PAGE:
Solar energy is poised to become the major source of clean energy, but how quickly will it reach this critical mass depends on whether the government of India decides to accelerate the development of its clean-energy economy and make the nation’s grids more reliable.

The nation’s solar power plants, or solar parks, are mostly owned and operated by private companies, and the vast majority of the country’s electricity is generated by these facilities.

The Government of India, however, has said it plans to expand solar power to more areas.

The plan would help India meet its ambitious target of reaching 100 gigawatts (GW) of solar power by 2022.

However, the government has been criticized for its slow pace of expanding solar power, and has faced criticism for the slow pace at which it is installing solar panels.

In January, India’s Minister of State for Power and Resources Anil Kakodkar said the country would reach 100 GW of solar by 2022, but the National Solar Mission (NSM) report says that India will reach about 50 GW by 2022 if the government decides to go ahead with the expansion of solar.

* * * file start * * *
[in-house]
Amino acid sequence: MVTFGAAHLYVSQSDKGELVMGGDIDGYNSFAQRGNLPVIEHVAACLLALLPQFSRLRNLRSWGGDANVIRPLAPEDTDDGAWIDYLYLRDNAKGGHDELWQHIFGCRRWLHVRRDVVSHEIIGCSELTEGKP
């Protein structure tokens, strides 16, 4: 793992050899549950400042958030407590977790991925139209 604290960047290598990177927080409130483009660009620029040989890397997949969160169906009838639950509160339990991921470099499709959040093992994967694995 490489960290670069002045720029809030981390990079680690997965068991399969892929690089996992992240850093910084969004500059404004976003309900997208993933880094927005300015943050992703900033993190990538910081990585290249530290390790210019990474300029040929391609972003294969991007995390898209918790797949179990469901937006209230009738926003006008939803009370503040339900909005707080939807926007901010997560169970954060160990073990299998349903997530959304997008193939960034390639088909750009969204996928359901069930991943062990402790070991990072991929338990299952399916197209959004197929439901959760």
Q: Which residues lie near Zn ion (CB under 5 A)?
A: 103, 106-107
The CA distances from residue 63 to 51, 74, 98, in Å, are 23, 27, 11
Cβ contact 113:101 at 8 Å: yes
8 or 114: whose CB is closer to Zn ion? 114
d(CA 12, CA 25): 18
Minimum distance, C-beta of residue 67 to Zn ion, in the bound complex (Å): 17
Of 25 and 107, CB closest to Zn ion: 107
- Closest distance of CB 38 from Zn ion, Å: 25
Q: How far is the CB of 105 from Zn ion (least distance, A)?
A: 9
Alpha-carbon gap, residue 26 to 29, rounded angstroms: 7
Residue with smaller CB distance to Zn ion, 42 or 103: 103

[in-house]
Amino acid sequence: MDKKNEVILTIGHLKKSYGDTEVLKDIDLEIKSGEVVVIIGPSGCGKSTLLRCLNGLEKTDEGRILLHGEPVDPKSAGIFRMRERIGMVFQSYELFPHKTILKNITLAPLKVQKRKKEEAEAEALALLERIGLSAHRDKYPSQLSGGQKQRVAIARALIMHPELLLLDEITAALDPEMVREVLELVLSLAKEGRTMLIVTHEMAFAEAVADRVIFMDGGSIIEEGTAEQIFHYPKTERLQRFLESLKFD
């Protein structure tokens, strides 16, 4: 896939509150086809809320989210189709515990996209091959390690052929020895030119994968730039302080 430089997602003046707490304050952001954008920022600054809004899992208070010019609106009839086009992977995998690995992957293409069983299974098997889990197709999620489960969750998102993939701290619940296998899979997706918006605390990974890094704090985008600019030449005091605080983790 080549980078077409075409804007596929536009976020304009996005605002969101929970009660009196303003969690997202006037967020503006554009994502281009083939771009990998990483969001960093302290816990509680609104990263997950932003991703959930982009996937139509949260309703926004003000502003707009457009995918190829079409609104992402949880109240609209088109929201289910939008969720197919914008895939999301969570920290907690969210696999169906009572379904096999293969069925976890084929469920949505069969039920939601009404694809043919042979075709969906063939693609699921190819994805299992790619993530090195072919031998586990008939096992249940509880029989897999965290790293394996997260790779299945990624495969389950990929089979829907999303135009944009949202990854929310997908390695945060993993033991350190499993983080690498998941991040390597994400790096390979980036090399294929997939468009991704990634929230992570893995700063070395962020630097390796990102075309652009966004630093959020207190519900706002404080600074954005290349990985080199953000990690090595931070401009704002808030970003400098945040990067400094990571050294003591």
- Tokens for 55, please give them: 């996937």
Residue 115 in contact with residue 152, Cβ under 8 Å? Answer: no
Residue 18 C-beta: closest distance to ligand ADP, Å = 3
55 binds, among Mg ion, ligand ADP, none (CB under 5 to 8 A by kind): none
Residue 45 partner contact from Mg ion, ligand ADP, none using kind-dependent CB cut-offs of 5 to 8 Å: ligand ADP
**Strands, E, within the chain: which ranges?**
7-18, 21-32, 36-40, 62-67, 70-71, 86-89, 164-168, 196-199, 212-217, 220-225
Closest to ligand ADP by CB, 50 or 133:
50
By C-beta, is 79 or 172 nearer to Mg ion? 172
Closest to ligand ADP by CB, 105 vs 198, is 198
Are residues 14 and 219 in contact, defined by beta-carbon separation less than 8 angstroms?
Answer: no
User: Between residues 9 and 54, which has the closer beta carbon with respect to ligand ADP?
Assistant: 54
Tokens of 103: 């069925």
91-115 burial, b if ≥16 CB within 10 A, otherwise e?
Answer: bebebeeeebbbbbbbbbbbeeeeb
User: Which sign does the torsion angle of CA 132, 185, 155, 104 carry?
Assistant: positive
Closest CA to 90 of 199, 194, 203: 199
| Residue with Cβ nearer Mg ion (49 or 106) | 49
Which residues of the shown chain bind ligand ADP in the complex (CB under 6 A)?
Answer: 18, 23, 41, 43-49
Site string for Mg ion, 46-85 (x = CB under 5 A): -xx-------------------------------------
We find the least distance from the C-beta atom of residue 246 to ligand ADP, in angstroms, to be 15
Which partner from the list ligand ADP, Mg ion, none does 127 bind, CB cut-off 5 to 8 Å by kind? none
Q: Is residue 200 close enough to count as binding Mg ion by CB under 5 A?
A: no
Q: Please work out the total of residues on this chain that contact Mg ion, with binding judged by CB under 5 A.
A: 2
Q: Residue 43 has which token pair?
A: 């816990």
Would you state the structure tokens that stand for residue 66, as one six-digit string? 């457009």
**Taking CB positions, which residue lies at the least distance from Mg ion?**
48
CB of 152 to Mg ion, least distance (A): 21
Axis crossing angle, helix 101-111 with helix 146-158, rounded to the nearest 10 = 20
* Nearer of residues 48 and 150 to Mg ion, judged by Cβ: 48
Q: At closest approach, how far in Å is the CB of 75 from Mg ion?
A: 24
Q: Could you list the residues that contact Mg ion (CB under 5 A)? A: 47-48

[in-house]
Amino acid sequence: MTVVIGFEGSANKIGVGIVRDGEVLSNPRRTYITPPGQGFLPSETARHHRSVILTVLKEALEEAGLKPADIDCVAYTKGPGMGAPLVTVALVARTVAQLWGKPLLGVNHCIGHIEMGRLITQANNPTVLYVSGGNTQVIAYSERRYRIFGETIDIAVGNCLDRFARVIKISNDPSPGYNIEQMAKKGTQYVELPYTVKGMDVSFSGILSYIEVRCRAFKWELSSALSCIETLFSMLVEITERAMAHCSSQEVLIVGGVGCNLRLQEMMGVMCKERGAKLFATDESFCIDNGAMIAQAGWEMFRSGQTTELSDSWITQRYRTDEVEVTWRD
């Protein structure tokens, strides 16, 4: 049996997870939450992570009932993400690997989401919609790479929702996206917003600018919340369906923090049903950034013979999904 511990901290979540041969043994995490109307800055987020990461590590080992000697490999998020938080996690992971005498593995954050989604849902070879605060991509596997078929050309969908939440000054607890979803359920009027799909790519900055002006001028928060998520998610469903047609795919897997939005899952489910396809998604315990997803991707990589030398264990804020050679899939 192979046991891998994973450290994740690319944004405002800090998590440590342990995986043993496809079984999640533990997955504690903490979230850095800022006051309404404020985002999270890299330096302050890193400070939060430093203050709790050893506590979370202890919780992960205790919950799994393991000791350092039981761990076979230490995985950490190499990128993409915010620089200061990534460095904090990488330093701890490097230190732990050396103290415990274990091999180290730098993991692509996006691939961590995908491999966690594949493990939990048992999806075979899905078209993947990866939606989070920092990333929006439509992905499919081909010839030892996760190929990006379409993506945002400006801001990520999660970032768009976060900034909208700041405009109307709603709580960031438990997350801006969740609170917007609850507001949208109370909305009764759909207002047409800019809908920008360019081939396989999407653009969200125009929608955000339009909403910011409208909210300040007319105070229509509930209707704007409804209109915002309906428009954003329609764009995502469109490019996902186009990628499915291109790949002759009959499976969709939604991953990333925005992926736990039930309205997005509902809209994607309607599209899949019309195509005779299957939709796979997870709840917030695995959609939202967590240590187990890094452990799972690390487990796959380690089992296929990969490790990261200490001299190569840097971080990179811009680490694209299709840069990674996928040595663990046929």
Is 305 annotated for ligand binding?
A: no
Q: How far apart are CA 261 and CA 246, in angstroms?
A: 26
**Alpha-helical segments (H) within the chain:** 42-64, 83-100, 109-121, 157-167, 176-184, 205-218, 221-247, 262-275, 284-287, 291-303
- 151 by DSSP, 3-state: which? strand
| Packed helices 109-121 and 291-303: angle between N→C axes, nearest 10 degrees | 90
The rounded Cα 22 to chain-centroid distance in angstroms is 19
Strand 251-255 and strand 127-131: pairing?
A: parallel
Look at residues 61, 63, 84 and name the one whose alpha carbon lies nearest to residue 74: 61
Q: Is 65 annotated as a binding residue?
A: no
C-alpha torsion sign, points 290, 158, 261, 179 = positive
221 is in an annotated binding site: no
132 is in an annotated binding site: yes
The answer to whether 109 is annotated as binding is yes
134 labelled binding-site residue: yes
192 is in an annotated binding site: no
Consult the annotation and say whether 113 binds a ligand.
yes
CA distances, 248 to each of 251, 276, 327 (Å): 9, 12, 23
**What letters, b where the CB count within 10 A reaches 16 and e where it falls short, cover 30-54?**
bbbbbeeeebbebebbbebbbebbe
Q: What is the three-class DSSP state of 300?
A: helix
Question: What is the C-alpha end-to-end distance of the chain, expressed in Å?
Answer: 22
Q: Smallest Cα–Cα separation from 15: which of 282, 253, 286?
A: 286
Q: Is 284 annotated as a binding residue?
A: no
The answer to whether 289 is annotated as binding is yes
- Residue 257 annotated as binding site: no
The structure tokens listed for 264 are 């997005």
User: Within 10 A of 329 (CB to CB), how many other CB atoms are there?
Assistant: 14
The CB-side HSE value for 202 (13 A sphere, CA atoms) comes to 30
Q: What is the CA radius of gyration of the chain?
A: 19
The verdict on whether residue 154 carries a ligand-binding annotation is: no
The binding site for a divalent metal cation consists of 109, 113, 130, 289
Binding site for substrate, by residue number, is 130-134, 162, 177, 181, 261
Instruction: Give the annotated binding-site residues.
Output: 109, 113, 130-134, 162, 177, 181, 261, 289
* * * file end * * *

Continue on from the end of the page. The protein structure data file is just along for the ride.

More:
India, which is also the world’s second-largest solar producer, has a population of nearly 300 million, and its solar power capacity is projected to increase to about 4 GW by 2021, up from around 3 GW currently.

Solar power accounts for about one-third of India’s total energy consumption, and solar is India’s fastest-growing source of renewable energy.

The government plans to ramp up solar power from 1 GW per capita to 10 GW per person by 2022 and from 5 GW per resident to 25 GW per population by 2023.

Solar photovoltaic (PV) panels are being installed in India at the Karimnagar Solar Park in Ahmedabad, India, February 19, 2017.

The National Solar Missions, a joint effort by the government, the National Thermal Power Corporation (NTPC) and the Centre for Science and Environment (CSE), aim to boost renewable energy by harnessing the sun’s energy.

But while the NSM says that the expansion plan would be accelerated by the year 2020, the project is expected to be shelved.

The NSM report says it will be better to invest in solar power for the long-term.

The government, however has announced plans to set up a “solar power bank” to encourage private companies to expand their solar power parks.

The Indian government has also started to phase out the import of thermal coal to India.

India has about 11.4 million solar photovollars (SPVs) and 3.2 million PV panels.

The country’s total installed capacity is estimated at about 3 GW.

The NSM reports that India is aiming to install 4 GW of PV in 2021, 2 GW in 2022, and 1 GW in 2023, but a large part of the solar capacity will not be installed because of its high cost and lack of availability of the panels.